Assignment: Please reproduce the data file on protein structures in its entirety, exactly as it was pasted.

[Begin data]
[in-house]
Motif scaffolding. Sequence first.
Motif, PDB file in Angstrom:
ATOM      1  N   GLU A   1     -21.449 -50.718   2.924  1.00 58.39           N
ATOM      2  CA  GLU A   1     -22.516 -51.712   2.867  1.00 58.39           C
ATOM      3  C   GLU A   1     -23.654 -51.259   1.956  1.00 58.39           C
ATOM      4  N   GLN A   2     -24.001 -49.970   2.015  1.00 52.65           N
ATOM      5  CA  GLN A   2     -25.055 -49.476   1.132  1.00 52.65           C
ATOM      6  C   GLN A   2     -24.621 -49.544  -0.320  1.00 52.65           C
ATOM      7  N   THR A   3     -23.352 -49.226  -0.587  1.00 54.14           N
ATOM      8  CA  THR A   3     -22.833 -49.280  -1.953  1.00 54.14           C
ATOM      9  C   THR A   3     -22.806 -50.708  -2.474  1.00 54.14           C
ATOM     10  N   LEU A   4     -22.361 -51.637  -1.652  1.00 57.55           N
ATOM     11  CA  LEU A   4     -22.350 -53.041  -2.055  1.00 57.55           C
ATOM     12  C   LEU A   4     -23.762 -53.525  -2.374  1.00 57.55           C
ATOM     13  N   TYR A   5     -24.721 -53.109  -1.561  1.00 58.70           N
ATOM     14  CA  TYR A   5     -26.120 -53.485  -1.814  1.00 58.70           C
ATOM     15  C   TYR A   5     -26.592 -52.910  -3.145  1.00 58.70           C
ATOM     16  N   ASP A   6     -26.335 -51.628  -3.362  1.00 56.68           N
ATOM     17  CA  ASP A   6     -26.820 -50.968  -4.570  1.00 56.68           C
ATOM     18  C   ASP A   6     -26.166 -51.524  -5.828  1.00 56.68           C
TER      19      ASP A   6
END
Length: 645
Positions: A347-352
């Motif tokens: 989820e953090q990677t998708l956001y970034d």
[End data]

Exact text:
[in-house]
Motif scaffolding. Sequence first.
Motif, PDB file in Angstrom:
ATOM      1  N   GLU A   1     -21.449 -50.718   2.924  1.00 58.39           N
ATOM      2  CA  GLU A   1     -22.516 -51.712   2.867  1.00 58.39           C
ATOM      3  C   GLU A   1     -23.654 -51.259   1.956  1.00 58.39           C
ATOM      4  N   GLN A   2     -24.001 -49.970   2.015  1.00 52.65           N
ATOM      5  CA  GLN A   2     -25.055 -49.476   1.132  1.00 52.65           C
ATOM      6  C   GLN A   2     -24.621 -49.544  -0.320  1.00 52.65           C
ATOM      7  N   THR A   3     -23.352 -49.226  -0.587  1.00 54.14           N
ATOM      8  CA  THR A   3     -22.833 -49.280  -1.953  1.00 54.14           C
ATOM      9  C   THR A   3     -22.806 -50.708  -2.474  1.00 54.14           C
ATOM     10  N   LEU A   4     -22.361 -51.637  -1.652  1.00 57.55           N
ATOM     11  CA  LEU A   4     -22.350 -53.041  -2.055  1.00 57.55           C
ATOM     12  C   LEU A   4     -23.762 -53.525  -2.374  1.00 57.55           C
ATOM     13  N   TYR A   5     -24.721 -53.109  -1.561  1.00 58.70           N
ATOM     14  CA  TYR A   5     -26.120 -53.485  -1.814  1.00 58.70           C
ATOM     15  C   TYR A   5     -26.592 -52.910  -3.145  1.00 58.70           C
ATOM     16  N   ASP A   6     -26.335 -51.628  -3.362  1.00 56.68           N
ATOM     17  CA  ASP A   6     -26.820 -50.968  -4.570  1.00 56.68           C
ATOM     18  C   ASP A   6     -26.166 -51.524  -5.828  1.00 56.68           C
TER      19      ASP A   6
END
Length: 645
Positions: A347-352
């Motif tokens: 989820e953090q990677t998708l956001y970034d």